A lot can happen in the seven-to-10 business days it typically takes a new credit card to arrive in the mail. But if you’re having second thoughts about your chosen plastic, you’d be remiss to think that failing to formally activate the account negates its existence.
Issuers typically ask that new cardholders “activate” their cards by calling them or registering the plastic online once it’s in hand. This requirement helps to prevent someone from scooping the new card out of your mail and taking it on a shopping spree, but it doesn’t serve much of a purpose beyond that.
“Activation is simply a fraud protection measure,” Nessa Feddis, senior vice president and deputy chief counsel at the American Bankers Association, said. “It’s divorced from whether the account is opened or reported [to the credit bureaus].”
In fact, issuers typically start reporting the card to the credit reporting agencies once you’ve been approved. The application will almost immediately generate a hard inquiry on your credit report and, shortly thereafter, the card’s credit limit will factor into your credit utilization rate, whether you abide by the activation request or not.
Interestingly, there’s also a chance the card itself would work at a store, should you try use it without making that phone call or registering online.
“All American Express cards are flagged as pending confirmation of card receipt when a card is mailed. We strongly recommend Card Members confirm receipt when the card arrives to help verify their identity and mitigate against fraud,” a spokesperson for American Express said in an email. “However, because of our relationship with our Card Members, we are able to selectively approve charges that we evaluate to be of very low risk, even if the card receipt has not yet been confirmed. For example, if a Card Member receives their new card, puts it into their wallet and proceeds to use it at their local coffee shop they frequent, we might be able to approve the transaction.”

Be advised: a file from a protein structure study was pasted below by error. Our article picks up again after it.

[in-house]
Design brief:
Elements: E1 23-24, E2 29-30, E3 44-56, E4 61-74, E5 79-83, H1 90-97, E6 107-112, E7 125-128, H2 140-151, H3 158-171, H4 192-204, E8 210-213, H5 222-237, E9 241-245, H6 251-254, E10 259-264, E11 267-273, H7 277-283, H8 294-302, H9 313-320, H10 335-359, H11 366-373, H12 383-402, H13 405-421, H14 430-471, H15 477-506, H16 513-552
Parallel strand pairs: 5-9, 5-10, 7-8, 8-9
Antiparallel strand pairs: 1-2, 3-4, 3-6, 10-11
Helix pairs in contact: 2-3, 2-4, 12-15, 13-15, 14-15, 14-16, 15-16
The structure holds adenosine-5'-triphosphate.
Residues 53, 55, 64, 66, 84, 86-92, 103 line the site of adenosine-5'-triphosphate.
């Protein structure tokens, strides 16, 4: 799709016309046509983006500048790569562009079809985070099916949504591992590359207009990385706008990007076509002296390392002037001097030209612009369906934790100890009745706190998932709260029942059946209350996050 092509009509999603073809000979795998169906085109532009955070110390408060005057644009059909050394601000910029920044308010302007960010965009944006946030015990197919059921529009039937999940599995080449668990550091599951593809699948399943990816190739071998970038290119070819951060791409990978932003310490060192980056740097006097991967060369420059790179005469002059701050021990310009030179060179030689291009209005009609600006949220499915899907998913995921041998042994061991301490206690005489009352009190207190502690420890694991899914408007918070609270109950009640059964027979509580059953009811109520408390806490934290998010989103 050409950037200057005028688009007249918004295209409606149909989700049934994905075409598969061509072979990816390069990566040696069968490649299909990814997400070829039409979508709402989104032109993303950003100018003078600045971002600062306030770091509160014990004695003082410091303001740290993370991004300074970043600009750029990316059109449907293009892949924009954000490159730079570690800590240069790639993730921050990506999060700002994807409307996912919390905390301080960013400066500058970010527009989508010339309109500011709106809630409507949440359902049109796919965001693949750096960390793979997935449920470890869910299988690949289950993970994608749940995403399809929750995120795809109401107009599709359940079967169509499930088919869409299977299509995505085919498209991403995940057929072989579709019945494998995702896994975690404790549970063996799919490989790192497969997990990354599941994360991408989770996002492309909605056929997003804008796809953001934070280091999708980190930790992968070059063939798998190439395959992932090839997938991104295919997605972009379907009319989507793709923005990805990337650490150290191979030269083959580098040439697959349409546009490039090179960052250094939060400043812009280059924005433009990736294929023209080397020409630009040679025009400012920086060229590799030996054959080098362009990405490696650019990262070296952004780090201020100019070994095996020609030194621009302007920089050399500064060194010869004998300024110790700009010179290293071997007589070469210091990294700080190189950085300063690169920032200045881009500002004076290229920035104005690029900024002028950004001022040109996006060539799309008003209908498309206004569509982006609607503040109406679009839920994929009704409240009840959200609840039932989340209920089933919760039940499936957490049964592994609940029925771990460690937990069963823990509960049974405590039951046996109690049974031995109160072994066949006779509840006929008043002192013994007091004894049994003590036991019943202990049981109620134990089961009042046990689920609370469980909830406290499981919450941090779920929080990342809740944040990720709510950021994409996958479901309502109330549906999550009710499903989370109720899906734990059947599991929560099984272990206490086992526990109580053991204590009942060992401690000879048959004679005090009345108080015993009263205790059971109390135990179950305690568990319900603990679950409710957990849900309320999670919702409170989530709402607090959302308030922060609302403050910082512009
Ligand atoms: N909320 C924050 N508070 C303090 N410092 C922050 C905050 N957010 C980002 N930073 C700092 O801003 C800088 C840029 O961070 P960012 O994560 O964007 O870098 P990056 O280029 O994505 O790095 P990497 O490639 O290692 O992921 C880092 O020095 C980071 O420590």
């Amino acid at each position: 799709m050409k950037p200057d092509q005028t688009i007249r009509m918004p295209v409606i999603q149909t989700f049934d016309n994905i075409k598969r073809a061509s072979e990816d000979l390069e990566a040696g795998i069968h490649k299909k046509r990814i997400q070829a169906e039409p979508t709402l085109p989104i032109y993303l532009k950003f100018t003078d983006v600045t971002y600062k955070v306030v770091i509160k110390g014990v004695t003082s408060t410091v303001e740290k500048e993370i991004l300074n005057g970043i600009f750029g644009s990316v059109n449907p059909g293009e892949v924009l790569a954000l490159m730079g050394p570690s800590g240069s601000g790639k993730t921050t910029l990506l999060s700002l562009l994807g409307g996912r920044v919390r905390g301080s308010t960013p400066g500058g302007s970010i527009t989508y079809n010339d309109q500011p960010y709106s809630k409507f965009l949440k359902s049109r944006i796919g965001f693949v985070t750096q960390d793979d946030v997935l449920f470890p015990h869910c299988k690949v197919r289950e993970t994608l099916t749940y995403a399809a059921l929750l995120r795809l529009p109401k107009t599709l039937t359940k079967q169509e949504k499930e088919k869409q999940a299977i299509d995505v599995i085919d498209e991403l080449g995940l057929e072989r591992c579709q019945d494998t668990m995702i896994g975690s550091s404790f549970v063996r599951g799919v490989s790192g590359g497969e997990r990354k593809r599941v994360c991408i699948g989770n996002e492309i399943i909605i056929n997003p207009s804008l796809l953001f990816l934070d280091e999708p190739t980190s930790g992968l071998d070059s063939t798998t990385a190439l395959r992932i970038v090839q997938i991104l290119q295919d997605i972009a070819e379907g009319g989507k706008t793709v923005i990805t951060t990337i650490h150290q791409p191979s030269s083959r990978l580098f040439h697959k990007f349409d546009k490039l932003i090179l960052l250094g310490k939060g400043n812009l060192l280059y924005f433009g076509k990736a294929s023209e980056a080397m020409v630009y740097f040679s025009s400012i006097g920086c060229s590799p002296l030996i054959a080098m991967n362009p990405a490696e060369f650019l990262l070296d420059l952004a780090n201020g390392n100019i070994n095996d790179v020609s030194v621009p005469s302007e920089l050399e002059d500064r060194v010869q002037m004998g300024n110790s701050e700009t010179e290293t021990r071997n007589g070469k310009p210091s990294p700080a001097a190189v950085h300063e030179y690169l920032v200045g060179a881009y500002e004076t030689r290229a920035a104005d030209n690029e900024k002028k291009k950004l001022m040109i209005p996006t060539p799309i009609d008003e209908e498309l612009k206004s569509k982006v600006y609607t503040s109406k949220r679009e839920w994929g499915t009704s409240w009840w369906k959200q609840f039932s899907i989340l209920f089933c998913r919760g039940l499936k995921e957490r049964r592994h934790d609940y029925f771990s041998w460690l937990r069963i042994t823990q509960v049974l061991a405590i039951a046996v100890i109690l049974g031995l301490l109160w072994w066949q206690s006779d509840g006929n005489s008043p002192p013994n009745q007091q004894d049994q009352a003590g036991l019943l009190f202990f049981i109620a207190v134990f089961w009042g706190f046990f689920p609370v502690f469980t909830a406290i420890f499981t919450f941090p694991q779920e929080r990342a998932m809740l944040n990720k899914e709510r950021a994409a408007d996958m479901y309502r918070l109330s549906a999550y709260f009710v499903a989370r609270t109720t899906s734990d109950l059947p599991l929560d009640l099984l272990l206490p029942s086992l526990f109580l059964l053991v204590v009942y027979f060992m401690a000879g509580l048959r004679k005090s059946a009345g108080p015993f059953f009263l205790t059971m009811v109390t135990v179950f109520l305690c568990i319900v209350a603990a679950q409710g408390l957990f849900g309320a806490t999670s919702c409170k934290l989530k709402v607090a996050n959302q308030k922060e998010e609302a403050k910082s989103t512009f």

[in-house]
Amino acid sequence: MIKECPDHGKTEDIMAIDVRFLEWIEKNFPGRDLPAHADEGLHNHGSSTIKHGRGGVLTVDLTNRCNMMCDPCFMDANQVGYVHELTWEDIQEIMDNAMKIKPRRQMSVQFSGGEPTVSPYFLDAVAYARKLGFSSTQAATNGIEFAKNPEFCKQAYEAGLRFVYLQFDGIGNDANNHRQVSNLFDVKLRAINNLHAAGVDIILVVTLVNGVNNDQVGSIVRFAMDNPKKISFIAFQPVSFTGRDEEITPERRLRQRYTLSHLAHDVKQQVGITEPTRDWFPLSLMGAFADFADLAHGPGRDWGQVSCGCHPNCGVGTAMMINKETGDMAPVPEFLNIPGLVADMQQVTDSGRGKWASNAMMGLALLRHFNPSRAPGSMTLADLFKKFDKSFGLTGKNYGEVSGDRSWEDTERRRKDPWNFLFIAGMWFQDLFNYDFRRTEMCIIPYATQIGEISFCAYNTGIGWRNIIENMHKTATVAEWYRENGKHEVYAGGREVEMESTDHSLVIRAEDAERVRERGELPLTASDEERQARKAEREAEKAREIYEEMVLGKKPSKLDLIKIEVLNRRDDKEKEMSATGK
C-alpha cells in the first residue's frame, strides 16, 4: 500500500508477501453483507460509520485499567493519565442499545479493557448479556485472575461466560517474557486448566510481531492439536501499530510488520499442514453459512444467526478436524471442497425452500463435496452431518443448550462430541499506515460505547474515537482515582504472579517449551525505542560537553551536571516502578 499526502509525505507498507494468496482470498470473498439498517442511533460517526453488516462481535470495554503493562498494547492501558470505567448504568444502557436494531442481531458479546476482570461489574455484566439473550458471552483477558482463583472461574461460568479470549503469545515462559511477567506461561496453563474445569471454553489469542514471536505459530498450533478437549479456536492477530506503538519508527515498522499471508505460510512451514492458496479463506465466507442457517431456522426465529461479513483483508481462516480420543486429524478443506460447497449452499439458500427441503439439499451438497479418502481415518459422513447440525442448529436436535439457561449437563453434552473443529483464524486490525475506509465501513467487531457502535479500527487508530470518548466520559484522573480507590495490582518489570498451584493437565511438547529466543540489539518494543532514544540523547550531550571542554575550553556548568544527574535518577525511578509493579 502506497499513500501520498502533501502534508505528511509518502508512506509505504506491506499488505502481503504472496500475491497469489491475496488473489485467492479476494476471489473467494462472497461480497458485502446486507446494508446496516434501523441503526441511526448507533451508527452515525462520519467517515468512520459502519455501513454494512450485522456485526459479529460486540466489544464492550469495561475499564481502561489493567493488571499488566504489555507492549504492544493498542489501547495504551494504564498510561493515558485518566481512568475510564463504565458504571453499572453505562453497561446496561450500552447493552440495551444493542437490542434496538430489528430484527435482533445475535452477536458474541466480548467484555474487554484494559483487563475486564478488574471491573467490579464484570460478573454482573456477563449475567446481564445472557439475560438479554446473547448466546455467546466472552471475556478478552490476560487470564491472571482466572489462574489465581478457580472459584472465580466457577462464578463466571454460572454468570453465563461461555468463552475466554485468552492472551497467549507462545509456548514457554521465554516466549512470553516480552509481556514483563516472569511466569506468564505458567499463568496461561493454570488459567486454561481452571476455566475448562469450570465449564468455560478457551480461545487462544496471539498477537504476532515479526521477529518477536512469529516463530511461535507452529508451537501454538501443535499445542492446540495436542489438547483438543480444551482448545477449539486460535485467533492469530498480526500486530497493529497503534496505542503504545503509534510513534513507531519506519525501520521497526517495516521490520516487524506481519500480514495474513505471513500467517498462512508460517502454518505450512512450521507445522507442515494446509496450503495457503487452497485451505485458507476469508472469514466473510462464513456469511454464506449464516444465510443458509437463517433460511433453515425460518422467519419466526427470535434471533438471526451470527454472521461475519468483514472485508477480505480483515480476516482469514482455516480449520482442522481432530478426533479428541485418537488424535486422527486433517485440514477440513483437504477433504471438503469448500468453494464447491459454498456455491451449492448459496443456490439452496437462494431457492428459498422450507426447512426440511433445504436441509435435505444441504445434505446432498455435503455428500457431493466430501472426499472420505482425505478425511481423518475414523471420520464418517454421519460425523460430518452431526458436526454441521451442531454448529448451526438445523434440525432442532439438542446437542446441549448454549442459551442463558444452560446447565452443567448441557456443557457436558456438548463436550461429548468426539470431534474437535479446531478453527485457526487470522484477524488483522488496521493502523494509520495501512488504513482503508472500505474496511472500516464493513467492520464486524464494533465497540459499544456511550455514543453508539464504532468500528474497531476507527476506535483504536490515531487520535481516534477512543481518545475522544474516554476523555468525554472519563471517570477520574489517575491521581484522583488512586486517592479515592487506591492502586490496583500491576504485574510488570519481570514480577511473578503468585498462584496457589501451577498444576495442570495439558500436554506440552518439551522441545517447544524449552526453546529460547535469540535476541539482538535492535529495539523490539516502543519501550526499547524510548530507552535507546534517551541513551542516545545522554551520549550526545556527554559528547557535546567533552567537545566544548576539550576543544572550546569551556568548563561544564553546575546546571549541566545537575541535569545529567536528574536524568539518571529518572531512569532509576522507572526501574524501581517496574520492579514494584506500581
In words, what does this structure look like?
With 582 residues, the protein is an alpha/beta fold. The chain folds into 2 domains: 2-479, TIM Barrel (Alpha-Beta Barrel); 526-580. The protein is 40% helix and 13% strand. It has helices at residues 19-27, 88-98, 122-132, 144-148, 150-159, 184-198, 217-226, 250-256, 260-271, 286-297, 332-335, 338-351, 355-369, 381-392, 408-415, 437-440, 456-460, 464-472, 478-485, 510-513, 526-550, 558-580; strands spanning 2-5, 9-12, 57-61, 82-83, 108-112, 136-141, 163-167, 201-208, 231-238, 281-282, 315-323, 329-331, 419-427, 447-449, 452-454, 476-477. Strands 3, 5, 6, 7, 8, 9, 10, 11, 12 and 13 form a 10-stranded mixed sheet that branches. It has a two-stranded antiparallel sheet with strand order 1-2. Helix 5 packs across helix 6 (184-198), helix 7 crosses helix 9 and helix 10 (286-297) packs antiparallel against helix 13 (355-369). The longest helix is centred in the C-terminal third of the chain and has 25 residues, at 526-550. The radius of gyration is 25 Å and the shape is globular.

Making the Call
It’s still in a cardholder’s best interest to activate a new credit card, since that’s the quickest way to ensure you won’t hit any snags when trying to make a purchase. It also minimizes the odds of fraudulent charges.
If you haven’t received a card you applied for, you should notify the issuer — they can tell you if the account has been used and/or send you a replacement. It’s also a good idea to keep an eye on your credit to make sure someone else didn’t run up any balances or commit any other nefarious activity in the interim. You can do so by pulling your credit reports for free each year at AnnualCreditReport.com and viewing your credit scores for free each month on Credit.com. A sudden drop in scores can be a sign identity theft is occurring.
If you are having second thoughts about an account you opened, you should call to formally close the card. Just be aware that doing so might affect your credit score.
Keep in mind, too, an issuer may elect to close a card if it remains inactive long enough, so you may want to address an unwanted account head on (or use it from time to time to make small purchases) rather than weather any damage a sudden, unplanned closure may do to your score. (You can find out more about the effects closing a credit card can have on your credit here.)
More on Credit Cards:
- Credit.com’s Expert Credit Card Shopping Tips
- How to Get a Credit Card With Bad Credit
- How Secured Cards Can Help Build Credit
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